This post originally appeared on March 24, 2013 - Palm Sunday a year ago. Because this was the text and theme of this morning's message in church, I decided to share it again.
When he came near the place where the road goes down the Mount of Olives, the whole crowd of disciples began joyfully to praise God in loud voices for all the miracles they had seen:
"Blessed is the king who comes in the name of the Lord!"
"Peace in heaven and glory in the highest!"
Some of the Pharisees in the crowd said to Jesus, "Teacher, rebuke your disciples!"
"I tell you," he replied, "if they keep quiet, the stones will cry out."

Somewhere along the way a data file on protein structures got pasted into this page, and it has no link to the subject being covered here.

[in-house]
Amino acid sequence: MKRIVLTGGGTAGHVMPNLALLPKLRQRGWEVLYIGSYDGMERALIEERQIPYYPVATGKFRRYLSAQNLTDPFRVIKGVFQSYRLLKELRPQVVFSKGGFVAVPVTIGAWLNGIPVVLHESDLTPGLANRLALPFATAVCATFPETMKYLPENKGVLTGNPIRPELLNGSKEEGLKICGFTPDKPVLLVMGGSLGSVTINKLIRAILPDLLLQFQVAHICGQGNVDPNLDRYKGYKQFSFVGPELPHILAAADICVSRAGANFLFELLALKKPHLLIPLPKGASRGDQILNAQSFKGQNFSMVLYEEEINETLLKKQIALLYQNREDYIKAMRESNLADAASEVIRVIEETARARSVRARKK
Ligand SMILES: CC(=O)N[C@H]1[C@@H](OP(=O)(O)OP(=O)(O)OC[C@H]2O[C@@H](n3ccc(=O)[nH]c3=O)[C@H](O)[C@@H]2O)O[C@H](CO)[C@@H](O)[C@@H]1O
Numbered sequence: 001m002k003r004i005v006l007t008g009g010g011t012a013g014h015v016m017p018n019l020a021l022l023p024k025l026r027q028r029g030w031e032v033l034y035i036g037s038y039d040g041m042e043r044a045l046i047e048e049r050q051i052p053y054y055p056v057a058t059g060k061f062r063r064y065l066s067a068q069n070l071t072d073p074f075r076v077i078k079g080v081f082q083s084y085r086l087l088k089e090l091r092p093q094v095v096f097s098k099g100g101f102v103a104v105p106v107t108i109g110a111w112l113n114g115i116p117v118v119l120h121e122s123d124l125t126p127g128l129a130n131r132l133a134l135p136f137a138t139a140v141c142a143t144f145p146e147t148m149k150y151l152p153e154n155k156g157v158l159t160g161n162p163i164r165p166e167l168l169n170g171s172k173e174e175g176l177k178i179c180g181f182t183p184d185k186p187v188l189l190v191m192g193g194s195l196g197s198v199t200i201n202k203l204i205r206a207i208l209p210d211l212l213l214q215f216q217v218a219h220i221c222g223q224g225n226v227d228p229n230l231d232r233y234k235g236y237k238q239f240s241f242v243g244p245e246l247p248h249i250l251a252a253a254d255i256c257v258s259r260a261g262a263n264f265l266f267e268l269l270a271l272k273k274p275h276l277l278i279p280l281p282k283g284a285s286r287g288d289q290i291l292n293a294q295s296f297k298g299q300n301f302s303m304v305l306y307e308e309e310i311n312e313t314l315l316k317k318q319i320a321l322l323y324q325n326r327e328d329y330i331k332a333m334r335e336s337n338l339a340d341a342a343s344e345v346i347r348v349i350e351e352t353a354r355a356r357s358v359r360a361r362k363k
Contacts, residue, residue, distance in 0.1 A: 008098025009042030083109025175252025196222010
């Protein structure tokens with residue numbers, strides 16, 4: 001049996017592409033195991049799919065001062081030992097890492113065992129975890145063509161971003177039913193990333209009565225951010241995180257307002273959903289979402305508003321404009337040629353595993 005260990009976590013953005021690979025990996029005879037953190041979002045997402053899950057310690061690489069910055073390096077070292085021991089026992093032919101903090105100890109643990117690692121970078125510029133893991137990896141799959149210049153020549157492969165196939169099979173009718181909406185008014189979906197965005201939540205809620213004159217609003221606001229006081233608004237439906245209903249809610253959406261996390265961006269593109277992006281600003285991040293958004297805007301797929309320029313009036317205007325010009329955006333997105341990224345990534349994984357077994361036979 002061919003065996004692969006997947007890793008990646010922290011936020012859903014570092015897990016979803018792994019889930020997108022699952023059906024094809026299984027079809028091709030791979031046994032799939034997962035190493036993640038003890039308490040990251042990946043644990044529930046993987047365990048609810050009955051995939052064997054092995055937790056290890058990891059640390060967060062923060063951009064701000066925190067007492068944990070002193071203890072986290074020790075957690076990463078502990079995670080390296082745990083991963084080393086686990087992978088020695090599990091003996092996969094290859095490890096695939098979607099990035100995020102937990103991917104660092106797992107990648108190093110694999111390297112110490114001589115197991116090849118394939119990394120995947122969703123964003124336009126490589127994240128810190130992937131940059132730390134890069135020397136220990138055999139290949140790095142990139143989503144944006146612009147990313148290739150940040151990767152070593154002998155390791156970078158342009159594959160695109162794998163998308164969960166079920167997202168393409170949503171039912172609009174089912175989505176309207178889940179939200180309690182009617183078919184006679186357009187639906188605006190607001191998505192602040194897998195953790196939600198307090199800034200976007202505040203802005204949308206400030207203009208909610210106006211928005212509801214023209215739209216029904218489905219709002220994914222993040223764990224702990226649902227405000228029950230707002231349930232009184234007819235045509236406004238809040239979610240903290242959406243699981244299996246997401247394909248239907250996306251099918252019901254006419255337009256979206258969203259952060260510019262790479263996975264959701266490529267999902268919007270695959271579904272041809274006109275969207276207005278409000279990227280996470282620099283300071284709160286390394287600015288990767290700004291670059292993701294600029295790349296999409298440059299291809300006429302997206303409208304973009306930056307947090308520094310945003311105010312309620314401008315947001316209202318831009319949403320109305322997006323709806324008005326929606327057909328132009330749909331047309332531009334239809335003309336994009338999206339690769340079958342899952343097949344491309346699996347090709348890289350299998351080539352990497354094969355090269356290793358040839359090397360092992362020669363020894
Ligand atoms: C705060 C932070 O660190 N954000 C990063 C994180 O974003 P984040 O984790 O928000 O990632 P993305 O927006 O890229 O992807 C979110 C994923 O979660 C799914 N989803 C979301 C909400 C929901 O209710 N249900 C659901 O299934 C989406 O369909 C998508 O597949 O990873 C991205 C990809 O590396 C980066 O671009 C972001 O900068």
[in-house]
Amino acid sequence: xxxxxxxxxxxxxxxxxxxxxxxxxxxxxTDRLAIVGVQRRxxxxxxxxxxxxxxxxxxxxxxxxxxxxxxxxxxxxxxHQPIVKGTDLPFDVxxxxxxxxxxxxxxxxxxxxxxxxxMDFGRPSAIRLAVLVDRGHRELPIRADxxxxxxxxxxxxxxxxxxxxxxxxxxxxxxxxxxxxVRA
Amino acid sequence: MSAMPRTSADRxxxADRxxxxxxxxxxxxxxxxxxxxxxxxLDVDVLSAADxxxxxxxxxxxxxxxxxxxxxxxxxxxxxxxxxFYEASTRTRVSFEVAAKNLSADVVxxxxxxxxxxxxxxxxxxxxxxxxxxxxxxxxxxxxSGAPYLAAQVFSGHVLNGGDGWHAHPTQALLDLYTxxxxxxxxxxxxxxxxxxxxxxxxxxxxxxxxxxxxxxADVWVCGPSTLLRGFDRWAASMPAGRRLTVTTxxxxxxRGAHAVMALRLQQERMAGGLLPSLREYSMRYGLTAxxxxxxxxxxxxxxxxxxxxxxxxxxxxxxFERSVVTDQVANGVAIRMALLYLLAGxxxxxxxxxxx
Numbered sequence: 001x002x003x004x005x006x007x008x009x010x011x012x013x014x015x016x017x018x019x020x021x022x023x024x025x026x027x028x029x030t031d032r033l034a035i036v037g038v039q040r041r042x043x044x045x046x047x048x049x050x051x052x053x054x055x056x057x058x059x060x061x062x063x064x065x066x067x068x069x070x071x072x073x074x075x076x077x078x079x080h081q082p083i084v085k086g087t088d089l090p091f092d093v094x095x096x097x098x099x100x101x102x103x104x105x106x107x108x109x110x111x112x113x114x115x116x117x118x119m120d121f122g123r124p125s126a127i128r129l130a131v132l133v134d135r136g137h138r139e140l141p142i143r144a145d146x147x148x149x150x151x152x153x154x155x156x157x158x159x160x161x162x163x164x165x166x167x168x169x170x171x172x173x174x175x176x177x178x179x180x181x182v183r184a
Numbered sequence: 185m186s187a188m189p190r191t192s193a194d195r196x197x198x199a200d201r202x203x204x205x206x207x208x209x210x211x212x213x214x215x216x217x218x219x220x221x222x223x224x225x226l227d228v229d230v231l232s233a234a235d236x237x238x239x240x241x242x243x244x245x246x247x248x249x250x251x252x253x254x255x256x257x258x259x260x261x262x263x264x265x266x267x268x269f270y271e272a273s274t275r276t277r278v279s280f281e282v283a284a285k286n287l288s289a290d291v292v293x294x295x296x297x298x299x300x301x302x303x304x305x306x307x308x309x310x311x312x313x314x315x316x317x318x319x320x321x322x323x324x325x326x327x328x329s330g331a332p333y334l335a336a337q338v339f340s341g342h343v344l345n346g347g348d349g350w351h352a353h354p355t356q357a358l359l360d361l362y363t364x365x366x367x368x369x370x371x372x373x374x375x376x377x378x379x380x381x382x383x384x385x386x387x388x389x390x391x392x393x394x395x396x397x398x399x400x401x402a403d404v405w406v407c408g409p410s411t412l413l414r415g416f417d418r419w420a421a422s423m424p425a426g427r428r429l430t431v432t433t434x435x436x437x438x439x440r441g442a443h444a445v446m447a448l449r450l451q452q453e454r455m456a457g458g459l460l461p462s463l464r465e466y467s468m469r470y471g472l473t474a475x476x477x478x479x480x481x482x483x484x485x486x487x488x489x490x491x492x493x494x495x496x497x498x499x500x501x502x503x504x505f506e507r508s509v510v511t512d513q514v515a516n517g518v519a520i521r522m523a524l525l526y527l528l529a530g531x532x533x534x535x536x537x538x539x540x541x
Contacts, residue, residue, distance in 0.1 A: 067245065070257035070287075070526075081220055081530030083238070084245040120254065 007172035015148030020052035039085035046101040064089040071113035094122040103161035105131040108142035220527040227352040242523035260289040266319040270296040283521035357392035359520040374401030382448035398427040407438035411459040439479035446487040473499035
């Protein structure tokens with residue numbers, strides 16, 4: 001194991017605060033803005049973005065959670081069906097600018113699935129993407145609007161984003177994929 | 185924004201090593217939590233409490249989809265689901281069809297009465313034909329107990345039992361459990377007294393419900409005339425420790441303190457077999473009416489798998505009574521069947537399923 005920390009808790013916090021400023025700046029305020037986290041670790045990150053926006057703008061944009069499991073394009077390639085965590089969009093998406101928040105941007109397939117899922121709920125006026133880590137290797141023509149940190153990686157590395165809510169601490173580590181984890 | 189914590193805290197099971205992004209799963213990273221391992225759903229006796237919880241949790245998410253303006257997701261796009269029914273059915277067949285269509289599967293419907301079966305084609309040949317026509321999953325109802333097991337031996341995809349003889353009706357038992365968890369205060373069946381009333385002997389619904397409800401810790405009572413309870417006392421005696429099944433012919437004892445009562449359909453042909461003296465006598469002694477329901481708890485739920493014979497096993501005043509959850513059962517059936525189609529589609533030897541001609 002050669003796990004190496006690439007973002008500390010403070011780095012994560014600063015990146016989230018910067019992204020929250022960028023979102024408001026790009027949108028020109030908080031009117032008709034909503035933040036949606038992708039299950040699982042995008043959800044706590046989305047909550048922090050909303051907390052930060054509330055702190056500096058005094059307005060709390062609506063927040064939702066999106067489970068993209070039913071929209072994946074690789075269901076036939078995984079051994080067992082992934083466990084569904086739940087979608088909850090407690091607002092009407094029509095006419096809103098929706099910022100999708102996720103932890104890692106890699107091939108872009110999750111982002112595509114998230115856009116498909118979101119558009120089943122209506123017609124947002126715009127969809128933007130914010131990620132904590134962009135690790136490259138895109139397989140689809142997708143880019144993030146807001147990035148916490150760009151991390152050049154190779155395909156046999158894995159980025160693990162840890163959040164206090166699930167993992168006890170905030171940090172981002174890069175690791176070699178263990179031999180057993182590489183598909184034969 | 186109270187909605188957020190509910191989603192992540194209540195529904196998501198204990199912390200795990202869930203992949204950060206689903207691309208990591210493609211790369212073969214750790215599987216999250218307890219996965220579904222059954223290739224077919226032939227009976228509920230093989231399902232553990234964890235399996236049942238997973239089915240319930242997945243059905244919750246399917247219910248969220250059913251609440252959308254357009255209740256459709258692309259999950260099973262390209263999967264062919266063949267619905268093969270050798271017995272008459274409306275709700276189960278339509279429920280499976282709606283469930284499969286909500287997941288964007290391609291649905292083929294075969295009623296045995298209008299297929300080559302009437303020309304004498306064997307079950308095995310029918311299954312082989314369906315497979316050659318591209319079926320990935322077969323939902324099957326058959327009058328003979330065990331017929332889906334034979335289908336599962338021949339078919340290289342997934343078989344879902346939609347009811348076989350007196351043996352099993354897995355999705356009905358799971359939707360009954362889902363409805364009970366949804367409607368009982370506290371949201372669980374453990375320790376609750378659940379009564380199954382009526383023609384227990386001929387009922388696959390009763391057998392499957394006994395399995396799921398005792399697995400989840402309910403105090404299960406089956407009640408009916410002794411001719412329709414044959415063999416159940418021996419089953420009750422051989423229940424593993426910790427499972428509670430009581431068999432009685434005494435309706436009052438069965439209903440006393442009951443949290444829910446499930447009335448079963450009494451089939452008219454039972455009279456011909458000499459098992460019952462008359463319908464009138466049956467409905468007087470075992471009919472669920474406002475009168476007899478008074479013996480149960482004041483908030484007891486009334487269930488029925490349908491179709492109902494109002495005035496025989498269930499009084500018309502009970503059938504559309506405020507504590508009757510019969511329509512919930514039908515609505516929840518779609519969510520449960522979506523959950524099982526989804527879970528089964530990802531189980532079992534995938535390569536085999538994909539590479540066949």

This picture was taken at Point Wolfe in Fundy National Park, New Brunswick, while we were on vacation in August 2012. The little stone figures called "inukshuk" are seen throughout New Brunswick, alongside highways and at tourist spots. I assume they are built by locals and tourists alike. My kids built a few themselves. The traditional use of the inukshuk for the native peoples may have been for navigation, to mark sites for fishing or hunting, to mark food caches, or to designate important places; and were built in various sizes. After I chose this picture, I found that the meaning of the word inukshuk is "something which acts or performs the function of a person" - a person-substitute. If the people of God keep silent, the rocks will be the people-substitutes to give him praise.
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